Citibank really, really, really sucks!!!

Stereodude

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Well, Citibank is officially on my crap list. I'm so very, very, very close to cancelling my Costco Visa that is through these clowns.

They are apparently incapable of providing me a statement for my card. I called them over 2 weeks ago in an attempt to find out where my statement was. Apparently they took it upon themselves to change my address to something else without any input from me and my statement disappeared into the ether. They told me they would sent out a duplicate statement to the correct address. I called yesterday to follow up where it was. They told me duplicate statements take 10-14 days. Well, yesterday was the 14th day and I still didn't get it. This is the first statement for the account and without it I can't set up online bill pay.

So I setup online access to get my statement, which of course requires you to set up the three incredibly insecure security questions. Supposedly you can download a PDF of your online statement. It shows the option, but there aren't any PDFs to download. I've tried it on multiple computers with multiple browsers with even with adblocking disabled and scripting fully allowed and there are no PDF's available for download. I can download QFX, QIF, CSV, OFX, and custom delimited. Of course none of which have the information I need.

The bill is due in 4 days and I have no way to set them up in my online bill pay and I will not allow money to be automatically withdrawn from my bank account. I will push money from the account, but not allow it to be pulled.

I called Citibank to complain about the lack of the PDFs in their online account section, and was disconnected as the guy was explaining why the PDF wasn't available. He was starting to explain that they're dynamically made and because my account was only made today statements...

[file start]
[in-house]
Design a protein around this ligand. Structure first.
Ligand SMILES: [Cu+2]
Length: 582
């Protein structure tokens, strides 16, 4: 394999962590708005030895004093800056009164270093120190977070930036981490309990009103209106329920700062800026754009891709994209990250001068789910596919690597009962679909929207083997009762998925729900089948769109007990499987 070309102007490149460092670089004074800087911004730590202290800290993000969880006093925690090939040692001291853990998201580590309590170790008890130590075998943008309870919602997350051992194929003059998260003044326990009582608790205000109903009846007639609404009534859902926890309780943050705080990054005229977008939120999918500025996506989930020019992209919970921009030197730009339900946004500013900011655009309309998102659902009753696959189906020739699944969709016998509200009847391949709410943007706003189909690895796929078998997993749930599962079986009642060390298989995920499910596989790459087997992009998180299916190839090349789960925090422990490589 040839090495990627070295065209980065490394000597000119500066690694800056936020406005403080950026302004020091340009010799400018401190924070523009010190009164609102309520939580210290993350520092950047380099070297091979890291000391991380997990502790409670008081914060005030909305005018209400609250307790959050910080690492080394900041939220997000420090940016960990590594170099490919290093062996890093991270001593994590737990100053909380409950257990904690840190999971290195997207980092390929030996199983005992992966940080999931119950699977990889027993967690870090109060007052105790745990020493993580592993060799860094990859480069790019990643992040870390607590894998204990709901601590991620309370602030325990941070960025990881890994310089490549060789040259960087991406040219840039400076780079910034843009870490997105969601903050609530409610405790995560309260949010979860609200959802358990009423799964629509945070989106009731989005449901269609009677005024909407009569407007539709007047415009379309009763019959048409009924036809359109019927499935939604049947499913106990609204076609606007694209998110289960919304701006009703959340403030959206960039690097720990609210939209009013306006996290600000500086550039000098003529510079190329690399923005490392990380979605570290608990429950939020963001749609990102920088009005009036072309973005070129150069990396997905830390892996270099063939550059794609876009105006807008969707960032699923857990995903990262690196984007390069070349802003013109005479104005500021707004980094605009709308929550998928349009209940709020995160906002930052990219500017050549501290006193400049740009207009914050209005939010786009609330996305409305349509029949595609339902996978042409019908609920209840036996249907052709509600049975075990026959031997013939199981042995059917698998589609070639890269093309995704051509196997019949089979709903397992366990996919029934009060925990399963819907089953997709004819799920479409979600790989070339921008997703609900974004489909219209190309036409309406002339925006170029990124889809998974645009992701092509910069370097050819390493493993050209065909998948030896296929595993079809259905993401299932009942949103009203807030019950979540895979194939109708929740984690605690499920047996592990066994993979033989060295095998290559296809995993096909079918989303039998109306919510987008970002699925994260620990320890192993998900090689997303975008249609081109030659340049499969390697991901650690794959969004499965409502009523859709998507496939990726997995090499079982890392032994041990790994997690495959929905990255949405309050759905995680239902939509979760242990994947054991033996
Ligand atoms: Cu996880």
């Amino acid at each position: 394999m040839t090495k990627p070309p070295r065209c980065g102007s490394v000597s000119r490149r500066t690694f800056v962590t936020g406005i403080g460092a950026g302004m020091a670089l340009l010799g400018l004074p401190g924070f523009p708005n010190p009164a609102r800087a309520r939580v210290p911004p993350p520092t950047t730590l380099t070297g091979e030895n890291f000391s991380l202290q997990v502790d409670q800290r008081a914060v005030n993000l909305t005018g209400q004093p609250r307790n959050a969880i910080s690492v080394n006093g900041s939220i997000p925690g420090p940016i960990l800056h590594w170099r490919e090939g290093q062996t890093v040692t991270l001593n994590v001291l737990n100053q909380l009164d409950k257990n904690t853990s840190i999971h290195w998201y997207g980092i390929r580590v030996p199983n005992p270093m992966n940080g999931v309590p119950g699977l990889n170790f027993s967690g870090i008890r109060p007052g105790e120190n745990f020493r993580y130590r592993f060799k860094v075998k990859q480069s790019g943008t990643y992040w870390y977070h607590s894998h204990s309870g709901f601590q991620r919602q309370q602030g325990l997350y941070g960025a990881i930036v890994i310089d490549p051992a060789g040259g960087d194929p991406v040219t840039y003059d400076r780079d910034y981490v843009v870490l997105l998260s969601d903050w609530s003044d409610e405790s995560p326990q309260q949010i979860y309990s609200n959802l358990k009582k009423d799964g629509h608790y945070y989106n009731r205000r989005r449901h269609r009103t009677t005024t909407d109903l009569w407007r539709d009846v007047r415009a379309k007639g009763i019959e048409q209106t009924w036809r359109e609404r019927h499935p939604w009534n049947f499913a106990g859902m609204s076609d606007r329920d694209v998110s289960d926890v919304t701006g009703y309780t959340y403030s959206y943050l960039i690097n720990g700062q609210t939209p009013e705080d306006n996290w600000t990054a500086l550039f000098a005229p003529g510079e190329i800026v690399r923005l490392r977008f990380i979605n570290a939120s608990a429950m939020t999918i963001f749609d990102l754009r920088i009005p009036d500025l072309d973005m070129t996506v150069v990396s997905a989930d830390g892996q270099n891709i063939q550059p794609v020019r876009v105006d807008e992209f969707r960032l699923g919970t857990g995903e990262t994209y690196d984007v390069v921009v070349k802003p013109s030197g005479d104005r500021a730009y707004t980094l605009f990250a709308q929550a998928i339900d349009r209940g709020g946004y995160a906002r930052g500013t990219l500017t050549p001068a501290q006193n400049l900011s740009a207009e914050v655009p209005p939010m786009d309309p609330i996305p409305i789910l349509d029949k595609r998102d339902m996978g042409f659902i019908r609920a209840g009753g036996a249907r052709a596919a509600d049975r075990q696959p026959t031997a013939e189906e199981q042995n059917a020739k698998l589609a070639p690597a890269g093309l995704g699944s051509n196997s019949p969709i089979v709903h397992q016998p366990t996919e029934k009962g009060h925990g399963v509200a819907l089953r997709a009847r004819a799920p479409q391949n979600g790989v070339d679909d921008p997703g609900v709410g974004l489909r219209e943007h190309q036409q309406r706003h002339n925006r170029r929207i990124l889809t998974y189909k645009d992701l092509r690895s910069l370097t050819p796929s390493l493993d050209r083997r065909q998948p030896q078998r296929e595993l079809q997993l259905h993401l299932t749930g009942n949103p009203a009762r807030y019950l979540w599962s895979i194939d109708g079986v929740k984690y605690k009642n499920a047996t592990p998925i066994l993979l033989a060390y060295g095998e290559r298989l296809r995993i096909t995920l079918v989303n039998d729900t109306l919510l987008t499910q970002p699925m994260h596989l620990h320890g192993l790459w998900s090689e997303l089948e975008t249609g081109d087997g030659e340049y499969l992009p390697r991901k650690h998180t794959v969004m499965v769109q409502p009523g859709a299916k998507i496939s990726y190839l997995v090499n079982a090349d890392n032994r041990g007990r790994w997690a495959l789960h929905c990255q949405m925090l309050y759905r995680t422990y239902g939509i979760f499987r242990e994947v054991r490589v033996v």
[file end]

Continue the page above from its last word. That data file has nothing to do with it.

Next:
I'd cancel the card today in a second if it wasn't going to lose my near $250 in rewards I've already earned.
 

ddrueding

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Someone else changing the address is the first step in many hack/fraud schemes. Even if you feel fraud is unlikely, I imagine their fraud department is more responsive.
 

Stereodude

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Someone else changing the address is the first step in many hack/fraud schemes. Even if you feel fraud is unlikely, I imagine their fraud department is more responsive.
Except it's not in this case. They apparently are tied into the Postal Service's mail forwarding database somehow. So when my ex-wife had her mail forwarded it updated the address on the account because Citi thought I had moved. Of course I can't substantiate this, it's just speculation on my part. Citibank can't explain to me why the address changed. They say they have no record of the change.

My ex-wife has gotten 3 copies of my statement including one yesterday though. I can't get one. Duplicate statements apparently keep getting mailed to her because they just reprint them and my correction of the address was after the statement close date. She's been shredding them so I can't get it from her.